I'll add a little bit to Hobbes' excellent answer and detective work. I looked up a physical copy of the book linked there; Practical Conic Sections: The Geometrical Properties of Ellipses, Parabolas and Hyperbolas by J. W. Downs, Dover, NY, 1993 and found it a short but incredibly interesting and informative little book, if you like reading about conic sections.
From reading and enjoying the illustrations, I've learned that the hyperboloidal secondary does not have to be at all coaxial with the primary paraboloid. All sections of the paraboloid focus to a single point, so you can orient they hyperboloid any way you choose, so long as one of its foci coincide with the focus of the paraboloid.
Also, you can use a positive or negative hyperboloid, whichever suits your purpose. Hyperbolae come in pairs and are associated with two foci. Concave or convex, it will redirect the paraboloids rays converging to one of its focal points to a focus at the other point.
Finally, as discussed in the linked paper in Hobbes' answer, a motivation for building this unusual-looking reflector is that it prevents the feed horn from "seeing" the ground or atmosphere near the horizon where thermal noise is a serious problem. According to the abstract:
A new antenna type is described which combines the low noise temperature characteristics of the horn -ref lector antenna with the more attractive mechanical features associated with the paraboloidal reflector. Cassegrain optics used in an off-set feed configuration enables a virtual source to be formed without sub-reflector blockage. An extremely compact structure is realized with a concave hyperboloid which mirrors the actual feed located on the paraboloidal surface. Except for the aperture, the antenna is completely shielded. The design approach is outlined and measurements on an experimental model are presented. Ground noise contribution from minor lobes is about 2°K. (emphasis added)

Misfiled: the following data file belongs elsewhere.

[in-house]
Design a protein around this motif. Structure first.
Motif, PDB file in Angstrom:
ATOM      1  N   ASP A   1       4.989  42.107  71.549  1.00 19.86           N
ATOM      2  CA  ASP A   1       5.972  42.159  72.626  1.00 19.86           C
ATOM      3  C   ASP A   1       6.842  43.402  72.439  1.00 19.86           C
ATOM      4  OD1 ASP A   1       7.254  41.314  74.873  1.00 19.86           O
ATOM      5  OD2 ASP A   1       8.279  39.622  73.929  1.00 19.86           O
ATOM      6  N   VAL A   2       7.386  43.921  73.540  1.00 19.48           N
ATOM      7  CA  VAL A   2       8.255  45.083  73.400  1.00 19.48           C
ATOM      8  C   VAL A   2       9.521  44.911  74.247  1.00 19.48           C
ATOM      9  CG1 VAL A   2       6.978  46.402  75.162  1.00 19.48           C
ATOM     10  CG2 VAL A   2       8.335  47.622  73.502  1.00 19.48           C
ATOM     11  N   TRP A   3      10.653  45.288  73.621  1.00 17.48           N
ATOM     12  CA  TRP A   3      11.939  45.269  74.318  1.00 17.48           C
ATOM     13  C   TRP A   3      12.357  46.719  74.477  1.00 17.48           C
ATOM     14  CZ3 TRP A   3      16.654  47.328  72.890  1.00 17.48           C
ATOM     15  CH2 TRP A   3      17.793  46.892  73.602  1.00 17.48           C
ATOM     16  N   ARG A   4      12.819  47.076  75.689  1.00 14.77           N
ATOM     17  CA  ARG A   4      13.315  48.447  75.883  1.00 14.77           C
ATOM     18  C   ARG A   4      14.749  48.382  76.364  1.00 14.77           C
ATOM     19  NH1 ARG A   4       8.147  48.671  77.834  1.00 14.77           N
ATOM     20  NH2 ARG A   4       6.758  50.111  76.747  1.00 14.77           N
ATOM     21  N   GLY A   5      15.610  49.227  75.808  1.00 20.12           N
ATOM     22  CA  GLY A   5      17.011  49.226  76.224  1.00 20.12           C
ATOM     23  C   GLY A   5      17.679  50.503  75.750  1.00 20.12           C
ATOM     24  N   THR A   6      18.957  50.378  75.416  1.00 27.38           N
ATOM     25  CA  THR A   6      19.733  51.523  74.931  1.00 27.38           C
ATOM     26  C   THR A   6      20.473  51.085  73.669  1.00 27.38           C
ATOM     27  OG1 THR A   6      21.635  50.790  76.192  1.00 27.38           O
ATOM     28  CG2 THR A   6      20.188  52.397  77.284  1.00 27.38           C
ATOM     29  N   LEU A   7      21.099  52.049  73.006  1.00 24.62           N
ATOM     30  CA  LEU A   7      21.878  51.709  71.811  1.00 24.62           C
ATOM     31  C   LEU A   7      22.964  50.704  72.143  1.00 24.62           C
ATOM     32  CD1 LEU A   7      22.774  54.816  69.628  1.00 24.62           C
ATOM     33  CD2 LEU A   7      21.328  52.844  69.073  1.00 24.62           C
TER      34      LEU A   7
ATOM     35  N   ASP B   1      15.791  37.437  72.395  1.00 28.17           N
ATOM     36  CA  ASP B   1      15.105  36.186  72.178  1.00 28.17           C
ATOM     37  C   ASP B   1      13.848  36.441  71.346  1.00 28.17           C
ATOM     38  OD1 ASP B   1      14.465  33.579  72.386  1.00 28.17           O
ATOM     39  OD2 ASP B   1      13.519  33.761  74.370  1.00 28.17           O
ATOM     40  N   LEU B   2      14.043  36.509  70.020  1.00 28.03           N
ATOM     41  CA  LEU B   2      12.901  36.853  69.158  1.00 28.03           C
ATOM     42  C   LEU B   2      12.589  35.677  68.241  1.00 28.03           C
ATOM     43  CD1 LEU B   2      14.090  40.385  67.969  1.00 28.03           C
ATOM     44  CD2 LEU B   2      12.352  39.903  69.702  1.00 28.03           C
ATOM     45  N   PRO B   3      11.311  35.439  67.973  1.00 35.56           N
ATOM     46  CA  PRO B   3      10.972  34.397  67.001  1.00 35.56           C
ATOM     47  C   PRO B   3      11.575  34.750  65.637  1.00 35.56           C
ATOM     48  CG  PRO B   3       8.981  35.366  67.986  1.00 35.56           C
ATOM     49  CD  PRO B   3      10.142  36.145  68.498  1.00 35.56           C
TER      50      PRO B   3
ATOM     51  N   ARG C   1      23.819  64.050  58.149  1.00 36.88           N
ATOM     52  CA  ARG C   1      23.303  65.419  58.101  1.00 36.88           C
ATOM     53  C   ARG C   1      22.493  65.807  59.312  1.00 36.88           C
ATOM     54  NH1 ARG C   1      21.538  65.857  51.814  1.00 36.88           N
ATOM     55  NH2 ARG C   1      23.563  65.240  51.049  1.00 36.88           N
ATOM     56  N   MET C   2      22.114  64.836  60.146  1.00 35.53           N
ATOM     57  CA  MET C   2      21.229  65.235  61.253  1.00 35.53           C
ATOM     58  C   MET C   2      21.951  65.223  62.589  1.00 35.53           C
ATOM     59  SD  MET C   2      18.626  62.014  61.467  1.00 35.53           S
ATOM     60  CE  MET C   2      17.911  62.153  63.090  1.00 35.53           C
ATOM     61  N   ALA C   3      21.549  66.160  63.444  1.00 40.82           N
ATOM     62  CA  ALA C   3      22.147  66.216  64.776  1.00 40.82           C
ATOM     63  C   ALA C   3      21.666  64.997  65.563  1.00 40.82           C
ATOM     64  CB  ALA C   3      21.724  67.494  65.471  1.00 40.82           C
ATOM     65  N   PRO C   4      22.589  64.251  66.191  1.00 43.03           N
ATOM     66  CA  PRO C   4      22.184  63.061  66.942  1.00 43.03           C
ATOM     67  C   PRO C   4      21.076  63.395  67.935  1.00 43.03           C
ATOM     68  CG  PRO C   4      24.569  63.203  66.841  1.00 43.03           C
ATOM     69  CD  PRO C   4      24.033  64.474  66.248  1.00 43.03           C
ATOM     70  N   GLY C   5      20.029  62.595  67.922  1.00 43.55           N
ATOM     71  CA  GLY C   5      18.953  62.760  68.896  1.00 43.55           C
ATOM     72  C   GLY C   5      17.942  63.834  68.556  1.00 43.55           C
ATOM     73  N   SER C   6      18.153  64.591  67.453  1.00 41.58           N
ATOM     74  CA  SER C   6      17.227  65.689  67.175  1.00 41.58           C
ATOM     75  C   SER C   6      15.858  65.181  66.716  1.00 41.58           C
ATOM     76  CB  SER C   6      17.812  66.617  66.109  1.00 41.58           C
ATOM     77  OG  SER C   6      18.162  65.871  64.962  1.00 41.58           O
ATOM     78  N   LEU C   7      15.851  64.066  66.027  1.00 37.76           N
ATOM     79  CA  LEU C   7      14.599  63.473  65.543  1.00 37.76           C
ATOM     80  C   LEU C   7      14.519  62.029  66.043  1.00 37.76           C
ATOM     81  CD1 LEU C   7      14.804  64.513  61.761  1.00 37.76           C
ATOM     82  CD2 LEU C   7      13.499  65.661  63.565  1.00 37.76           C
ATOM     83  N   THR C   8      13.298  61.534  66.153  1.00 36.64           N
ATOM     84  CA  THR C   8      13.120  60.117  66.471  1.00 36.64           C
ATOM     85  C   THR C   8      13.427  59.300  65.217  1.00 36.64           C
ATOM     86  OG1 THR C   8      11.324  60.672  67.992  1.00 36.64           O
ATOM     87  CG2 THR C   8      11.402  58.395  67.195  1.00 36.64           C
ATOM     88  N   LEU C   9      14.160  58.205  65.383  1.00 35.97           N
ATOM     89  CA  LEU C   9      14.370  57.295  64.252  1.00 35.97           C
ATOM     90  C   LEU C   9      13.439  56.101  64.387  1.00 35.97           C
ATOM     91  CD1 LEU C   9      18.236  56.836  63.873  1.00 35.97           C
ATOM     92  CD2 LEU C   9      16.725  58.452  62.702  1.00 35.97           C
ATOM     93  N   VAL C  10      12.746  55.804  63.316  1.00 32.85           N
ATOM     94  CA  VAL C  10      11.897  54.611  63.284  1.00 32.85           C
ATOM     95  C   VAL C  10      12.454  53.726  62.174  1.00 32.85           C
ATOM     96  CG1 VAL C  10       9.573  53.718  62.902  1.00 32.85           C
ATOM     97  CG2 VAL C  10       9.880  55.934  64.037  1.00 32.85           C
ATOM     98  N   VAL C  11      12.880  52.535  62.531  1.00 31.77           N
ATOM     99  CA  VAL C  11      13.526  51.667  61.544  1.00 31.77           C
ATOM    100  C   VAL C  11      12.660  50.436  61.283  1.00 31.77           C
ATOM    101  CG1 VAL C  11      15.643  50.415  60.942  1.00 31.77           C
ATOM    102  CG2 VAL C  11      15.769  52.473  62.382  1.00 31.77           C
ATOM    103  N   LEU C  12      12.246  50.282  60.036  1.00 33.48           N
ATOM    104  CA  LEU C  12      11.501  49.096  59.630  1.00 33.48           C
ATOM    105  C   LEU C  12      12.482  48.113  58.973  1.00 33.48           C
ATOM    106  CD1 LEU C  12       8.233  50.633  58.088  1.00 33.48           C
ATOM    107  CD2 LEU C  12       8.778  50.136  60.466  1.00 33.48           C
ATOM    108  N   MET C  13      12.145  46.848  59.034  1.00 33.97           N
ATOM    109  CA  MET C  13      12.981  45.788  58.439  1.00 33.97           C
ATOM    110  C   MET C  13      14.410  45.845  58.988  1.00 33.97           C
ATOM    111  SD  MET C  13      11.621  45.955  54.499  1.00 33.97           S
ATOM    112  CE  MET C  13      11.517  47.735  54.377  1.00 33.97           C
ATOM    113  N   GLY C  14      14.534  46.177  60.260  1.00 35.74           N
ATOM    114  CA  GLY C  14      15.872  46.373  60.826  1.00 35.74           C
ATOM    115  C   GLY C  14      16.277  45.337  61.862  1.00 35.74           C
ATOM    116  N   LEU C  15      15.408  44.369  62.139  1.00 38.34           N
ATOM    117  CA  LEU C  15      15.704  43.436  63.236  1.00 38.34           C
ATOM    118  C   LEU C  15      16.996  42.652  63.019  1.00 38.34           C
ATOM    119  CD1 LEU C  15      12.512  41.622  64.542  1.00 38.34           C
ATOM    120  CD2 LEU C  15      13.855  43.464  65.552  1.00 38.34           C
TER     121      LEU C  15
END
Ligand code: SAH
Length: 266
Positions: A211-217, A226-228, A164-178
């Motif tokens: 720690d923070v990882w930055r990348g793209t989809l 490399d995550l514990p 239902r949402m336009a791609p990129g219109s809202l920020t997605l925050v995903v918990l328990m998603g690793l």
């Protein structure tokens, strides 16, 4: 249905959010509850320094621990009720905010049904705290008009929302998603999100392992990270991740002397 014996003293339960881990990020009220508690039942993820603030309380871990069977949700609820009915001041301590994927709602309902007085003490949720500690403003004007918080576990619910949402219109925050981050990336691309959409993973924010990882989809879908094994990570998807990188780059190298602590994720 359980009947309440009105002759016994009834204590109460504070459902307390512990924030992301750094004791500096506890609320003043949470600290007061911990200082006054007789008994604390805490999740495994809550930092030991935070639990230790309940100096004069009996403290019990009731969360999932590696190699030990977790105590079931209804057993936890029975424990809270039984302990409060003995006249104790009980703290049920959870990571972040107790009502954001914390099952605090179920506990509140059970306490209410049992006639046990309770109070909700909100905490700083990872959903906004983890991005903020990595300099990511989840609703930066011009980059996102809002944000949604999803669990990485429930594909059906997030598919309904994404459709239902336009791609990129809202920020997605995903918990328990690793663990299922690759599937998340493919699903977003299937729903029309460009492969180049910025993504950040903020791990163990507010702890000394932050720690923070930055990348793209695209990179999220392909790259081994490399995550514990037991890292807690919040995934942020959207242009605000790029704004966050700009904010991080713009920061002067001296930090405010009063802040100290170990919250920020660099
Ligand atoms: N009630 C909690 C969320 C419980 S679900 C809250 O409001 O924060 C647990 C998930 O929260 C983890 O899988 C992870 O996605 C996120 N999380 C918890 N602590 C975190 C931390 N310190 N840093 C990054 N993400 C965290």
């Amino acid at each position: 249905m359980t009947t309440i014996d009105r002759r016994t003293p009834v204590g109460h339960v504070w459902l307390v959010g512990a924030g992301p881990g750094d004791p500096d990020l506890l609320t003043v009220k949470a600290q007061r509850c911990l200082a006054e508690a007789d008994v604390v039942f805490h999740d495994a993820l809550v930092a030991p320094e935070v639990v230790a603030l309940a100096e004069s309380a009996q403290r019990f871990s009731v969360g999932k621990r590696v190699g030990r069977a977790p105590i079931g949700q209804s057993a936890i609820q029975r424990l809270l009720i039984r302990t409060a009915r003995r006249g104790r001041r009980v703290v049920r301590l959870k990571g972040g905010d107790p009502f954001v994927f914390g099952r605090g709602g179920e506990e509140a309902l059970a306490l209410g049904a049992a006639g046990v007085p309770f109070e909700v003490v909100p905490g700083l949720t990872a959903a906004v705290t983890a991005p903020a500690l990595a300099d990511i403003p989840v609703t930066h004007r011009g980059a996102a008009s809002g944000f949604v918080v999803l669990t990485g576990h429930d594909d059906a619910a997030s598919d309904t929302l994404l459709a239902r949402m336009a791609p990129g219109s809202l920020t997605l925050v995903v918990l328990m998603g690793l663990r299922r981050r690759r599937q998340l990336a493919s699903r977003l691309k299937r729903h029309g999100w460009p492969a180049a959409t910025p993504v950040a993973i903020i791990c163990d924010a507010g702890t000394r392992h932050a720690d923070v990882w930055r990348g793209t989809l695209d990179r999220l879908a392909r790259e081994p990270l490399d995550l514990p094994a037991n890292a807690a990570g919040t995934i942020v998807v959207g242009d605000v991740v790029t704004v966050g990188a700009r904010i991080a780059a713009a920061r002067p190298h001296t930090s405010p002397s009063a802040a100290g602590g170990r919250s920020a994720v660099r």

From: A New Low Noise, High Gain Antenna S. R. Jones and K. S. Kelleher
Aero Geo Astro Corporation, Alexandria, Virginia, Reprinted from 1963 IEEE International Convention Record.
below: Figures 6.4 and 6.5 on pages 49-50 of Practical Conic Sections: The Geometrical Properties of Ellipses, Parabolas and Hyperbolas by J. W. Downs, Dover. 1993